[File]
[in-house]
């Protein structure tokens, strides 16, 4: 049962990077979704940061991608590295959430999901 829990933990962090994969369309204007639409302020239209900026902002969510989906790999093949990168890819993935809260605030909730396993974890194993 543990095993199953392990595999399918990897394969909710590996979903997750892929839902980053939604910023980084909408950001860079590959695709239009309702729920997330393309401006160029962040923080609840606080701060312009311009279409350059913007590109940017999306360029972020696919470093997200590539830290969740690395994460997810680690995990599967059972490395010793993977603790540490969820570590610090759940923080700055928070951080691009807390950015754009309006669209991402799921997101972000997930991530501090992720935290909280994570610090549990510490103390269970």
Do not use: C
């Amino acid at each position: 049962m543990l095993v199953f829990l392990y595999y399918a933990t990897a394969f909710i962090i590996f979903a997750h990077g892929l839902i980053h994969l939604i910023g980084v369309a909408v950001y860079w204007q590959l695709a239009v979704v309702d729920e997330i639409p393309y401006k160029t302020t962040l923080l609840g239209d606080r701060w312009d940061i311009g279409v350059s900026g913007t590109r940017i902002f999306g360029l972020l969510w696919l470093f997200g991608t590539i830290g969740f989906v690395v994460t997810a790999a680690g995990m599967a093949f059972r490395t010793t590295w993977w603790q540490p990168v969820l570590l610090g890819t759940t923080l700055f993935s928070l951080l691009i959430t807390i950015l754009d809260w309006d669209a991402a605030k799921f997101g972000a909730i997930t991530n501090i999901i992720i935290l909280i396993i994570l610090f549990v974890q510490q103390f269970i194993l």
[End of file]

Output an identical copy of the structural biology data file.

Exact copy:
[in-house]
């Protein structure tokens, strides 16, 4: 049962990077979704940061991608590295959430999901 829990933990962090994969369309204007639409302020239209900026902002969510989906790999093949990168890819993935809260605030909730396993974890194993 543990095993199953392990595999399918990897394969909710590996979903997750892929839902980053939604910023980084909408950001860079590959695709239009309702729920997330393309401006160029962040923080609840606080701060312009311009279409350059913007590109940017999306360029972020696919470093997200590539830290969740690395994460997810680690995990599967059972490395010793993977603790540490969820570590610090759940923080700055928070951080691009807390950015754009309006669209991402799921997101972000997930991530501090992720935290909280994570610090549990510490103390269970």
Do not use: C
């Amino acid at each position: 049962m543990l095993v199953f829990l392990y595999y399918a933990t990897a394969f909710i962090i590996f979903a997750h990077g892929l839902i980053h994969l939604i910023g980084v369309a909408v950001y860079w204007q590959l695709a239009v979704v309702d729920e997330i639409p393309y401006k160029t302020t962040l923080l609840g239209d606080r701060w312009d940061i311009g279409v350059s900026g913007t590109r940017i902002f999306g360029l972020l969510w696919l470093f997200g991608t590539i830290g969740f989906v690395v994460t997810a790999a680690g995990m599967a093949f059972r490395t010793t590295w993977w603790q540490p990168v969820l570590l610090g890819t759940t923080l700055f993935s928070l951080l691009i959430t807390i950015l754009d809260w309006d669209a991402a605030k799921f997101g972000a909730i997930t991530n501090i999901i992720i935290l909280i396993i994570l610090f549990v974890q510490q103390f269970i194993l």